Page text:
Atlanta-set ‘Superfly’ leads blaxploitation revival

With their fast cars, furs and fedoras, the heroes of 1970s “blaxploitation” are making a comeback on the big screen as Hollywood indulges its endless addiction to cinematic nostalgia.

Seen variously as a rich celebration of Black America or a regressive return to negative stereotyping, the movement is an attempt by filmmakers to relive the thrill of “The Mack,” “Foxy Brown” and other classics.

Next year, moviegoers can expect yet another reboot of “Shaft” starring Samuel L. Jackson, while Warner Bros. plans to remake 1973’s “Cleopatra Jones” and a new “Foxy Brown” is headed to internet streamer Hulu.

Hitting US theaters on Wednesday next week is “Superfly,” Sony’s remake of the 1972 classic “Super Fly,” a touchstone in black cultural history and perhaps the definitive blaxploitation film.

“Some of my favorite movies are remakes,” music video veteran turned filmmaker Director X told a news conference in Los Angeles at the weekend.

“‘Scarface’ is a remake, ‘Invasion of the Body Snatchers’ is a remake, so I wanted the possibility to make a great remake of a classic film.”

Released on August 4, 1972, “Super Fly” told the story of Harlem drug pusher Youngblood Priest (Ron O’Neal) trying to score one last big deal before retiring from a life of crime.

– Cultural moment –

Trevor Jackson, best known for ABC sit-com “grown-ish,” takes on the role in the new version, while Jason Mitchell (“Straight Outta Compton,” “Mudbound”) plays his sidekick Eddie.

Director X gives the story the inevitable modern tweaks, including turning Priest’s duplicitous philandering with two girlfriends into a consensual “polyamorous” three-way relationship.

Drug-taking and gun violence, both central elements of the 1970s original, play a much smaller part in the remake.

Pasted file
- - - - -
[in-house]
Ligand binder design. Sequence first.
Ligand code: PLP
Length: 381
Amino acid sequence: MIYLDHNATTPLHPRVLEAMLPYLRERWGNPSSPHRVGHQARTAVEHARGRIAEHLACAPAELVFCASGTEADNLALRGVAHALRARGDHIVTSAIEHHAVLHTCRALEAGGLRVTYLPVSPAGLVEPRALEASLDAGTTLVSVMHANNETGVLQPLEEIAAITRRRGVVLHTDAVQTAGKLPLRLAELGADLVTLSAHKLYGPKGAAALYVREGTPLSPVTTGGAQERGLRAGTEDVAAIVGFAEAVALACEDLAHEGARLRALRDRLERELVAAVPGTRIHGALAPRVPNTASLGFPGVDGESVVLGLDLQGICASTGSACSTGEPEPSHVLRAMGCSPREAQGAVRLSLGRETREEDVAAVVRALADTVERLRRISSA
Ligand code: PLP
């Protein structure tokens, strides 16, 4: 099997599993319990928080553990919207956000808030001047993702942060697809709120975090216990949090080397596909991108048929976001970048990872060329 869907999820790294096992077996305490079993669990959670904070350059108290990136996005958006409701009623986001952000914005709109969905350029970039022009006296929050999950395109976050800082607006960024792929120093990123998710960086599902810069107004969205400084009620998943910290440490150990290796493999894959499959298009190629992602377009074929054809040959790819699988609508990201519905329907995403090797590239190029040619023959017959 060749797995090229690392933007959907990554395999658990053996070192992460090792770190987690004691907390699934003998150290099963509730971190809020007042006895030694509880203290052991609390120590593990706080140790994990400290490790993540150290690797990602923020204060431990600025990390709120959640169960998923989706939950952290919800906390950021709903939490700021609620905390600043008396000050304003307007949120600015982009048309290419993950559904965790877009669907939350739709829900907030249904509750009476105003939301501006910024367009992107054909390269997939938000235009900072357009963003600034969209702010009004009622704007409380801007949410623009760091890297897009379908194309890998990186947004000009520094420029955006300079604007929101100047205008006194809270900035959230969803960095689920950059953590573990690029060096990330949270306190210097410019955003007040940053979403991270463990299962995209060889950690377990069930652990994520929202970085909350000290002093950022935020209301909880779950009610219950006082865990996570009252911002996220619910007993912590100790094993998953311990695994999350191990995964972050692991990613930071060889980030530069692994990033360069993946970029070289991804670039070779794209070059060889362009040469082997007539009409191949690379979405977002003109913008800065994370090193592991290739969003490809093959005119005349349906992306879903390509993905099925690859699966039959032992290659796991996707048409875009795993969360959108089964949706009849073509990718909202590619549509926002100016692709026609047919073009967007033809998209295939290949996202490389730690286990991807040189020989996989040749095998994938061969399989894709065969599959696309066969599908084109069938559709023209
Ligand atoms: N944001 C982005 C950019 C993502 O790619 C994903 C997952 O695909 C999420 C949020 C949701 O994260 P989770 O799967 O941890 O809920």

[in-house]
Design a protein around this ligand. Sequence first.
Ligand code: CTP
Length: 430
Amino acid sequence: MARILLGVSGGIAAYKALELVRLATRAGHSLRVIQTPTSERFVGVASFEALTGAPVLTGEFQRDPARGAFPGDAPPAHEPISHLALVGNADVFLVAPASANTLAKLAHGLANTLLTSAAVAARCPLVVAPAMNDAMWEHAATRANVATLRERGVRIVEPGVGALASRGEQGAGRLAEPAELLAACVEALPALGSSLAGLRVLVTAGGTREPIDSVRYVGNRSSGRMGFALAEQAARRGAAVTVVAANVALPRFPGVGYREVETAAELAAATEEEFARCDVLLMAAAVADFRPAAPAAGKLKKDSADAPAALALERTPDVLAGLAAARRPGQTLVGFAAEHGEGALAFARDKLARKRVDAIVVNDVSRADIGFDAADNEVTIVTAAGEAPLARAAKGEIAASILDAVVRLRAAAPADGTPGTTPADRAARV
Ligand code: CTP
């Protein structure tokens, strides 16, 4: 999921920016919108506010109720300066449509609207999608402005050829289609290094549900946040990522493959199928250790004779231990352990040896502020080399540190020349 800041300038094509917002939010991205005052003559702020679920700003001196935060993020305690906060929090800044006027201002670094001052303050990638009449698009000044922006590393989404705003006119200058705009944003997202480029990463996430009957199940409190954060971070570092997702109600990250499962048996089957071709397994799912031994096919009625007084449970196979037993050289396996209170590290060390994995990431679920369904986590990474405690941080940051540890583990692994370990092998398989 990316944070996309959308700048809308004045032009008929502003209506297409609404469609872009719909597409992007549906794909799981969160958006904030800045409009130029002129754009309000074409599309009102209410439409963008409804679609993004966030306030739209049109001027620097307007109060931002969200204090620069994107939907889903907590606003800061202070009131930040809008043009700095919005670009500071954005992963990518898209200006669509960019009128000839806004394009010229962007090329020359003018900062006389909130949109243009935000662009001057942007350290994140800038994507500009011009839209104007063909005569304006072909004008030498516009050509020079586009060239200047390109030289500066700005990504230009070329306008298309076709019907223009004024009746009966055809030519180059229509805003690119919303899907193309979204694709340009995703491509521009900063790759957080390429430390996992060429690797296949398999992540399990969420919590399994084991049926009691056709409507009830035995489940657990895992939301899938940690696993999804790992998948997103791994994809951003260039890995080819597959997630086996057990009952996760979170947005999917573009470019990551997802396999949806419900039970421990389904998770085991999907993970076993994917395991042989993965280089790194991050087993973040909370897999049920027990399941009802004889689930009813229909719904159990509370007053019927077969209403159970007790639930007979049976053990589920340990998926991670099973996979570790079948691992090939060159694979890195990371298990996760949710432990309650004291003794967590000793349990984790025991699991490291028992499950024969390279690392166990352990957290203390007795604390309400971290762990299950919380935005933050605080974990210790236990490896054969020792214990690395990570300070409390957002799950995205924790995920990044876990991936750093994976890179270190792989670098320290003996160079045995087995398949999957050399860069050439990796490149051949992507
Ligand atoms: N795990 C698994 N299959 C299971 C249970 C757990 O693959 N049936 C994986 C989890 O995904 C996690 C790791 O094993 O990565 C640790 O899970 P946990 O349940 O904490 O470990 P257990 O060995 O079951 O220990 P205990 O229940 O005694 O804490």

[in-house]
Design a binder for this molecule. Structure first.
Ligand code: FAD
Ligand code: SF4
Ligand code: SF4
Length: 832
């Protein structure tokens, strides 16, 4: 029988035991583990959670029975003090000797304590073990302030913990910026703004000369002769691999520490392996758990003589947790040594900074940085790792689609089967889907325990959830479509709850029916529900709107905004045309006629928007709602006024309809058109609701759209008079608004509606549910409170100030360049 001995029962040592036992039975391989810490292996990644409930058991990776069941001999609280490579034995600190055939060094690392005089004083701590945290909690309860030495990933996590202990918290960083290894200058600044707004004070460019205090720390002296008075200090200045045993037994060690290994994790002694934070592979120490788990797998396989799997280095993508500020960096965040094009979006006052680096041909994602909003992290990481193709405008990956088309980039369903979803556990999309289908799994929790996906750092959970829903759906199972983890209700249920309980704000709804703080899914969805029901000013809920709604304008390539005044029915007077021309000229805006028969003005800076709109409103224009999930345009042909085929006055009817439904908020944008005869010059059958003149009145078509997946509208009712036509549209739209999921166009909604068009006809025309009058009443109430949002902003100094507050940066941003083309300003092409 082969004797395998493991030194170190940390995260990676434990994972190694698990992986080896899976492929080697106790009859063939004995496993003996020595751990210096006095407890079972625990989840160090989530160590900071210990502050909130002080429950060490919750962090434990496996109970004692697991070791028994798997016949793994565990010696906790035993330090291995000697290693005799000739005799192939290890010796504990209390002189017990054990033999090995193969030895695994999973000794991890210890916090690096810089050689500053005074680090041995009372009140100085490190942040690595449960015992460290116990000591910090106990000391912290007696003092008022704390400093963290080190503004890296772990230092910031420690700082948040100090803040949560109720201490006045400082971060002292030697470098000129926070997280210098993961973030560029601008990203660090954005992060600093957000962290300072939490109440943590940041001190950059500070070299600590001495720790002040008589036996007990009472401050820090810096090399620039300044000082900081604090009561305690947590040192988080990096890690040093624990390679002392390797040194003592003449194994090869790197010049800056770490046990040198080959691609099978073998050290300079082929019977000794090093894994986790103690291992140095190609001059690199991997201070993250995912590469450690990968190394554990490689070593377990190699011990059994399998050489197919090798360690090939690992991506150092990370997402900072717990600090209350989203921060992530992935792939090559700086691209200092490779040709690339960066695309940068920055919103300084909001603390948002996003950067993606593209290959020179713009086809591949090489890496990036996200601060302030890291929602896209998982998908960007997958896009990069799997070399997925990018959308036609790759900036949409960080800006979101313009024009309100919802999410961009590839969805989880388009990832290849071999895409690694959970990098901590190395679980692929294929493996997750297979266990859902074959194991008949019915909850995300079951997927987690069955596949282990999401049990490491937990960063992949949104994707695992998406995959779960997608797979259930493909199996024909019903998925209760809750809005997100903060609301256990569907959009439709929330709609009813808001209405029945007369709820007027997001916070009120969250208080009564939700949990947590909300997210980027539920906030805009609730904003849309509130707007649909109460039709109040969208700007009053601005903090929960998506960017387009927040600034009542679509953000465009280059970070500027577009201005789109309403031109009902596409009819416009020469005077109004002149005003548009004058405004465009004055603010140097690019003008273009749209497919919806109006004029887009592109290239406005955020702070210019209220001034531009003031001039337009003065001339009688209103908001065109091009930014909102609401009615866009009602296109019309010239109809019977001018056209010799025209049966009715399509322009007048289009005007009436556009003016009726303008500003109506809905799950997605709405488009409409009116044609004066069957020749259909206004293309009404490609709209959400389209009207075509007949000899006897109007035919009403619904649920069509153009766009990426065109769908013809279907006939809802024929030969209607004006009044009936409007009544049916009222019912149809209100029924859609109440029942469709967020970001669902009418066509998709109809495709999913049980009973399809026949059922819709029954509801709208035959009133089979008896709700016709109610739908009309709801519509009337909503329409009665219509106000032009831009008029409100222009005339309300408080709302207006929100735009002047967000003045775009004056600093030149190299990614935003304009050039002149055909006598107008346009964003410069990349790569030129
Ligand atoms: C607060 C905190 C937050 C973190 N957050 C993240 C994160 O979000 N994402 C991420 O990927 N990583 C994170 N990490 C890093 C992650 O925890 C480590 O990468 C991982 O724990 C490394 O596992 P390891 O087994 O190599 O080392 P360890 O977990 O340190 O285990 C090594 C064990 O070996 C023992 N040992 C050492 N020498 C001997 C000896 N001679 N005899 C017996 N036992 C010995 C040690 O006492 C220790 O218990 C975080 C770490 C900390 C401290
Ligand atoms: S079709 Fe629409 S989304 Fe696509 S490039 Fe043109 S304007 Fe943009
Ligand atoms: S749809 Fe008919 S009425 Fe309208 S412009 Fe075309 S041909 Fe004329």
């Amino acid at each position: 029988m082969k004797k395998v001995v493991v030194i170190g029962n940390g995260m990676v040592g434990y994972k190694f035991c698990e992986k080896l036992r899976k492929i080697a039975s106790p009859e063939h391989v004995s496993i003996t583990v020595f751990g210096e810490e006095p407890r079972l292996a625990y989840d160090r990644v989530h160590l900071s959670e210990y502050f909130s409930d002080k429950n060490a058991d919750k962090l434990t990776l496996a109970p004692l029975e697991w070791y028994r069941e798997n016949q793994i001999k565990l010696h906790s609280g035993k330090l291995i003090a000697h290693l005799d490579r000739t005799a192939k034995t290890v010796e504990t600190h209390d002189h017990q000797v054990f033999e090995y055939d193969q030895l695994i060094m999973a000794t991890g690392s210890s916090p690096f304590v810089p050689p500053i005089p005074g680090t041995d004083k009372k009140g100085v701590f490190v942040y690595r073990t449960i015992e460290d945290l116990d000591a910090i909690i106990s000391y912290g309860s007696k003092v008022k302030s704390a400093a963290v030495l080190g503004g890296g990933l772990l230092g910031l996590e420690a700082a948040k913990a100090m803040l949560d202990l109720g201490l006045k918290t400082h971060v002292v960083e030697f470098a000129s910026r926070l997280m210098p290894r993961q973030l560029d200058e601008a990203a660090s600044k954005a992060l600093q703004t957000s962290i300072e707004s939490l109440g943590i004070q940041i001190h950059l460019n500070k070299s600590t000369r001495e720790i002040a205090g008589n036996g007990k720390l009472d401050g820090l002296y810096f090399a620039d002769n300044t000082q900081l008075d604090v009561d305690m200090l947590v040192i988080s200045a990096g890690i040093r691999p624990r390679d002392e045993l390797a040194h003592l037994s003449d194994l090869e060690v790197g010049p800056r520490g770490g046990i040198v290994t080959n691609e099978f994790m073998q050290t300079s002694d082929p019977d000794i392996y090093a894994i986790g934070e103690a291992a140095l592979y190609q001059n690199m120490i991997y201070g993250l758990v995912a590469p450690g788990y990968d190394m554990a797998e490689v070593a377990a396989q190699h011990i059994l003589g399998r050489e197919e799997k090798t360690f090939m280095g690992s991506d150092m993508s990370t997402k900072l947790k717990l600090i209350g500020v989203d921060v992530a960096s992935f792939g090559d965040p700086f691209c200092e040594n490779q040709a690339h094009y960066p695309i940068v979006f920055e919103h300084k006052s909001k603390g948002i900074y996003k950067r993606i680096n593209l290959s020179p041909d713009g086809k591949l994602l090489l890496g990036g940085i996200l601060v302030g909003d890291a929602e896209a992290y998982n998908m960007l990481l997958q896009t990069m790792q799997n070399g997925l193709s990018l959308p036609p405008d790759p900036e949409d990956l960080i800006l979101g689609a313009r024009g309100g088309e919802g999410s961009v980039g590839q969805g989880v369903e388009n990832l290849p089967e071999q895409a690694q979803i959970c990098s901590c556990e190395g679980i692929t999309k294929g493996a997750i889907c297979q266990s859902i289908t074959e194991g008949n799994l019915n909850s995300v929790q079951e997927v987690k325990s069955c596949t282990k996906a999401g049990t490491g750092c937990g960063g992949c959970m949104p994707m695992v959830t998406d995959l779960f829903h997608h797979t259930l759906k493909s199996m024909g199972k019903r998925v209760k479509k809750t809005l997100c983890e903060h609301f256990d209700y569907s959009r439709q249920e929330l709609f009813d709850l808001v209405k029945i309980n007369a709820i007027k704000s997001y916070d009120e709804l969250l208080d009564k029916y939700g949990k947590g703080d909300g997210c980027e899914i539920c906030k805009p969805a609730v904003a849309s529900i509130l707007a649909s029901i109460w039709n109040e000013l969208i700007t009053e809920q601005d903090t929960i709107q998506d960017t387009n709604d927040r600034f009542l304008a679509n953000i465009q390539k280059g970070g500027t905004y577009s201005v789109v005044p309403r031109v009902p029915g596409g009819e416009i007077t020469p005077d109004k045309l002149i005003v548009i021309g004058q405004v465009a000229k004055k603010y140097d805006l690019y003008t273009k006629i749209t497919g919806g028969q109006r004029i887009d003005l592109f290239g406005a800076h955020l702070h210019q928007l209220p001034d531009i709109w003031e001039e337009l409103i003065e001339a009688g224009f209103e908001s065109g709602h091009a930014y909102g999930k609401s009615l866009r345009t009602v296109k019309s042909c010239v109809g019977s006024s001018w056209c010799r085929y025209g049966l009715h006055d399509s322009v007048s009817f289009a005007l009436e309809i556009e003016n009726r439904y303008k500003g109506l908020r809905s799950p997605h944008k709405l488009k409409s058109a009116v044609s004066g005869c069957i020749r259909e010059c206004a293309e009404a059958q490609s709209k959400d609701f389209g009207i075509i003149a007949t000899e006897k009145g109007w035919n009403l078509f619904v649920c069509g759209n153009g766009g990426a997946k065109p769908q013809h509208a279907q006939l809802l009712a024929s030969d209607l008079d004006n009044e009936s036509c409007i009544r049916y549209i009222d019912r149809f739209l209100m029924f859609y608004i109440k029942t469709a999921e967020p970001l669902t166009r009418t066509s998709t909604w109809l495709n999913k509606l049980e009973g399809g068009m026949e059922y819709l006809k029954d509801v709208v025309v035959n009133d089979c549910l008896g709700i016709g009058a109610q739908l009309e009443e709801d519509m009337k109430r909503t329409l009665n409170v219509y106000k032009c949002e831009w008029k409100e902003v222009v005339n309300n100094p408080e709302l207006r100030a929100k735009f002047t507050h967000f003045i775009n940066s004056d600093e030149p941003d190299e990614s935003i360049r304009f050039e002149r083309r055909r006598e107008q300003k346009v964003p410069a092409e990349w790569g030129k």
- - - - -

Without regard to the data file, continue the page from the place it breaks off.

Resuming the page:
The biggest swap, however, was the shift from Harlem to Atlanta, a city enjoying something of a cultural moment thanks to its burgeoning hip hop scene and a favorable tax regime attracting a slew of major productions, most notably Disney’s Marvel movies.

“The clubs in Harlem were famous worldwide. Even the drug dealers in Harlem were famous worldwide. It was really what Atlanta is today,” says X, who was born Julien Christian Lutz.

“If you’re an artist in Atlanta and you’ve got a hit record, you’ve got a hit record around the world. When we’re telling this story for today, we’re placing it in the epicenter of today’s black culture.”

X also replaced the iconic soundtrack by Curtis Mayfield, regarded as a landmark album, for the era-appropriate stylings of Atlanta-based rapper Future, who brought on board a team of local performers and producers.

Atlanta rappers with acting parts include Big Bank Black, Lecrae Moore, Antwan “Big Boi” Patton from the multiple Grammy Award-winning hip-hop duo Outkast, and Rick Ross, whose mansion was a key filming location.

– ‘Authenticity’ –

“We wanted to bring some authenticity for some of our key roles and that’s what guys like Bank bring,” said X. “He’s from Atlanta and knows this life. He is Atlanta.”

Blaxploitation gave African Americans an influential voice in Hollywood and presented new and empowering images of black culture on the big screen — but it had its critics.

The movies were seen as glorifying criminality and presenting the white perception of Black America rather than the real thing, especially since very few of the directors, writers or producers were black.

Often low-budget and of commensurately low-quality, blaxploitation movies had formulaic plots that typically involved drug dealers, pimps or over-sexed private detectives “sticking it to the Man.”

The female characters — often prostitutes — were lucky if they managed to keep their clothes on long past the opening credits.

Culture writer Michael Arceneaux questioned the wisdom of returning to these violent, often misogynistic films in a recent essay for online African-American lifestyle magazine The Root.

“When I think about black TV and film now — mostly television — there are so many examples of new and innovative storytelling,” he added, bemoaning the lack of imagination in remaking old properties.

“In a world in which ‘Insecure,’ ‘Queen Sugar,’ ‘Get Out’ and ‘Black Panther’ exist, why go back and dig into the 1970s crates for ideas?”

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